Look into my eyes, baby
Babies use primarily the eyes of another to allow themselves to be guided in their surroundings.
Babies are exposed to a flood of stimuli. From very early on, they turn themselves towards other people who show them specific things in their surroundings. Until now, it has been unclear which signals infants use to do this. Scientists at the Max Planck Institute for Human Cognitive and Brain Sciences (MPI CBS) in Leipzig and the University of Heidelberg have now discovered that the eyes of another are crucial to allow themselves to be guided. An especially important characteristic seems to be the light–dark contrast between the dark iris and the white background.
Little Paul*, only four months old, looks at the screen in front of him. Two eyes gaze at him, two white ovals each with a black dot in the middle. Suddenly, the gaze of the pair of eyes moves to one side to a stack of building blocks. Paul follows it attentively. The eyes do not look at the colourful rattle on the other side. Likewise, Paul ignores it. When both objects emerge on the screen again, the boy’s attention seems to be drawn to the rattle.
“According to novelty preference, babies look longer at things which are new to them. In this case the eyes obviously did not focus on the rattle, and hence, at the beginning, neither did the baby’s”, says study leader Christine Michel. The movement of the black dots seems to direct babies’ attention to surrounding objects in the same manner as another person’s gaze direction.
But does it only work with dots that resemble real eyes? To investigate, the researchers again showed the young study participants two moving circles which direct their gaze to one side— though in this case with white dots on a black background. It emerged that Paul seemed to follow these unreal reversed eyes in a less targeted manner. When both toys appeared again, he did not pay more attention to one of them. Rather, he seemed to be familiar with both objects. Accordingly, his attention had swung back and forth between the two objects, independently from the direction of the moving circles.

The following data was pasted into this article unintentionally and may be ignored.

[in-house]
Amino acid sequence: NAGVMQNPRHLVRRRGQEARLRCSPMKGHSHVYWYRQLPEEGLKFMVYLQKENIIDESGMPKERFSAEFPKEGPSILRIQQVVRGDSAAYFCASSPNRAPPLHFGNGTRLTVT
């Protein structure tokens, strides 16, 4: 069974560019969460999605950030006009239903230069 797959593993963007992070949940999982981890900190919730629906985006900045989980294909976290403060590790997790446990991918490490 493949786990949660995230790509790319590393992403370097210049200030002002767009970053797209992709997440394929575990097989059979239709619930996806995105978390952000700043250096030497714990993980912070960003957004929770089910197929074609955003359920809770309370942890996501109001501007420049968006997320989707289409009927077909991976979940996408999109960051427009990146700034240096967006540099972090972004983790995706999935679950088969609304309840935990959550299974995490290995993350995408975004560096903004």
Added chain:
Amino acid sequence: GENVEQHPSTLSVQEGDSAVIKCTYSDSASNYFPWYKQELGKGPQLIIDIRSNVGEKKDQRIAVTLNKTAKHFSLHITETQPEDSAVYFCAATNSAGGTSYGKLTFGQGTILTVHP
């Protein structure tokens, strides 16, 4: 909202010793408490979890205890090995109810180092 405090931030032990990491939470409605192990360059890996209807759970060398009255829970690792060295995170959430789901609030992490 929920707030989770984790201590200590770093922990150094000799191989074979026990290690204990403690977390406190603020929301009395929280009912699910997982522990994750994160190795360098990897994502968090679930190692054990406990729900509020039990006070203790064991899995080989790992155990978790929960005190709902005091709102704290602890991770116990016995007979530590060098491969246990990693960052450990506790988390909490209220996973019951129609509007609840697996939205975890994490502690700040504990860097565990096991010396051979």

The children appear to follow and concentrate more on the gaze direction of the black artificial pupils than the white ones”, the neuroscientist explains. “Consequently, they learn especially well from moving black dots on a white background. They seem to react particularly sensitively to the contrast of real eyes.
Up to now it has been unknown if the capability to recognise signals communicated by the eyes is inborn or if it is learnt by children during the first months of life. “Some scientists assume that there is a module in the brain which specifically responds to the gaze direction of other people. It would therefore recognise the direction in which a person looks and then influence our interactions with him or her”, says Christine Michel. In apes, these specially targeted neurons have already been explored.
“In contrast, others believe that this ability to follow another person’s gaze does not exist at birth. Infants consequently learn during their development that it is worth following eyes”, Michel adds. They become sensitive to the characteristic of the light–dark contrast. According to the neuroscientist, because the babies in this study were already four months old, further studies are needed to show which explanation proves to be true.
However, one thing is certain: The results show how important direct eye contact is when dealing with babies, especially in the first months. If you look at them intentionally before showing them something, you can direct their attention in a targeted manner”, says Stefanie Hoehl, senior author of the underlying study, which has been published in the renowned magazine Scientific Reports. “Other options can be used to draw a baby’s attention to something which they understand much later in their development.” For instance, only at the end of the first year of life are they able to follow a request to focus on an object if somebody points at it—rather than looking at it.
* Name changed by the editors